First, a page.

Looking to radically reset your life? Be wary of the superficial Eat Pray Love approach

Real healing is messy — the 2010 movie's neatly packaged version of inspiration mostly just made ordinary people feel inadequate.

Real healing is messy — the movie's version of inspiration mostly just made ordinary people feel inadequate

Julia Roberts in Eat Pray Love. (Sony Pictures)

Anne-iversaries is a bi-weekly column by writer Anne T. Donahue that explores and celebrates the pop culture that defined the '90s and 2000s and the way it affects us now (with, of course, a few personal anecdotes along the way).

One decade ago, the film adaptation of author Elizabeth Gilbert's bestselling memoir Eat Pray Love hit the big screen. Directed by Ryan Murphy (believe it!), the cinematic interpretation of one woman's journey to find herself amidst the chaos and complacency of her day-to-day life made a lasting impact on anyone who's ever wanted to do the same...except that this impact wasn't necessarily good.

For anyone who's felt lost, felt like a failure, or felt like they were flailing amidst a mental and emotional whirlpool, the movie was sold as a testament to the power of self-love and fearlessly upending your life. But Gilbert's account of divorce, subsequent life implosion, and eventual experiences finding food (in Italy), spirituality (in India), and romance (in Indonesia) is one steeped in extreme privilege. After all, this is someone who is professionally successful, has disposable income, and can take a year off to make sense of herself; most of us are just trying to make it through the day. And while Gilbert's book does offer insight into her personal history and the reasons behind her decisions (which give her existential crisis a little more context and empathy), the movie, well, doesn't. Instead, we watch a glorified montage of a woman doing the absolute most in the name of "self-love" before inevitably finding happiness via — of course — a new and exciting romantic interest.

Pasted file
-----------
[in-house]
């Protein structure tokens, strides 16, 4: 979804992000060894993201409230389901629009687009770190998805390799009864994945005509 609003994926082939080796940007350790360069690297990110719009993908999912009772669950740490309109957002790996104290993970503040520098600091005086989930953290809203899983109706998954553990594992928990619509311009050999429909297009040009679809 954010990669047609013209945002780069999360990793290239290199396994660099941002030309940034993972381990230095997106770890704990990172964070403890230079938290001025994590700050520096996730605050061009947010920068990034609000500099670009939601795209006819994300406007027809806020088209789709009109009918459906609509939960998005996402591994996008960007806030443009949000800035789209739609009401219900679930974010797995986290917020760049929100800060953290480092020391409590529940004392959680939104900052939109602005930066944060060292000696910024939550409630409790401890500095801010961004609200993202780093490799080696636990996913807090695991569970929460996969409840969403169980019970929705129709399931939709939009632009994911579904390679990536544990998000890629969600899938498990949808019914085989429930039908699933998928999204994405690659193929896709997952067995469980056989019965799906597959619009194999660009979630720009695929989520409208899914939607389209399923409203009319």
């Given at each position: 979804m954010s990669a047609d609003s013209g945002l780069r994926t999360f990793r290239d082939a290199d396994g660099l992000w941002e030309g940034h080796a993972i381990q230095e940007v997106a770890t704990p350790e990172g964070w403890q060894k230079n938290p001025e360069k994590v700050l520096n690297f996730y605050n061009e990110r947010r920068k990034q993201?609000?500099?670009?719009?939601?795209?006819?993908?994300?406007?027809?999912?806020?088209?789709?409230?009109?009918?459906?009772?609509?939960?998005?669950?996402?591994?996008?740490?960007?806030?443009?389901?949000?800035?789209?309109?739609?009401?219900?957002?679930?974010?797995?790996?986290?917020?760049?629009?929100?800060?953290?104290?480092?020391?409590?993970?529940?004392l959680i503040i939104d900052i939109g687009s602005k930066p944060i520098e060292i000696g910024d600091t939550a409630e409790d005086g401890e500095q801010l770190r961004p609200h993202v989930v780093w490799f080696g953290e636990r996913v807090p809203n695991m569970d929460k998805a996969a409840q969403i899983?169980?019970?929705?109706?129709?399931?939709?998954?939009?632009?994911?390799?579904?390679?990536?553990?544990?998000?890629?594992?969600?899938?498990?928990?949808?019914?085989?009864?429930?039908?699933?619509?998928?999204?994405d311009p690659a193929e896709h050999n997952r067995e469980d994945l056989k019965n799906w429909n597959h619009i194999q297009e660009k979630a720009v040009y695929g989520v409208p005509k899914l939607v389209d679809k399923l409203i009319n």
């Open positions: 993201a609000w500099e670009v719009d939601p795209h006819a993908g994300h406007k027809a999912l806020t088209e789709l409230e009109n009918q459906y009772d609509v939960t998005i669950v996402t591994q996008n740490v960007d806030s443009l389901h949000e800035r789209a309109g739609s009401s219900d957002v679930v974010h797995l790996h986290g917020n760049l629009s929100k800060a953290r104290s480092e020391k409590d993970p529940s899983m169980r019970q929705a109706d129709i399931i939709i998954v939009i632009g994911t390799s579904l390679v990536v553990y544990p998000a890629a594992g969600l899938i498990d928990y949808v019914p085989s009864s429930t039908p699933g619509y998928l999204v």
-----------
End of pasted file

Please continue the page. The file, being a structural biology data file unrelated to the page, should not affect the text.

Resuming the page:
Javier Bardem and Julia Roberts in Eat Pray Love. (Sony Pictures)

We see her subscribing to Hinduism without acknowledging the ins and outs of a religion that requires much more than merely showing up to meditate. We watch her engage in a brief love affair with pizza, merely touching on society's obsession with thinness and food while failing to explore how and why it sinks its hooks into women (as well as men) across the world. And then we see her fall in love with Javier Bardem and unlearn her existing dating and relationship habits, and voila! All is, presumably, healed.

But that isn't what healing really looks like. (Unless I've been doing it wrong.)

The first time I saw Eat Pray Love, I watched it on television in the midst of one of my own emotional and mental meltdowns. I felt lost, and I was tired of feeling that way. And while I knew I'd likely never be in a monetary position to use world travel as a means of making sense of my then-quite-shitty life, I still secretly hoped that the journey of Elizabeth Gilbert as portrayed by Julia Roberts would inspire me to begin living in a way that optimized more than just my own perspectives. Had I read the book? Absolutely not. But a movie that featured a Florence Welch song in the trailer couldn't possibly be that disappointing. After all, I too enjoy pizza.

But that's the thing about anybody's story of self-discovery: unless it's defined by the pain necessary for thorough self-examination, it will be little more than a montage accompanied by pop music.

Julia Roberts in Eat Pray Love. (Sony Pictures)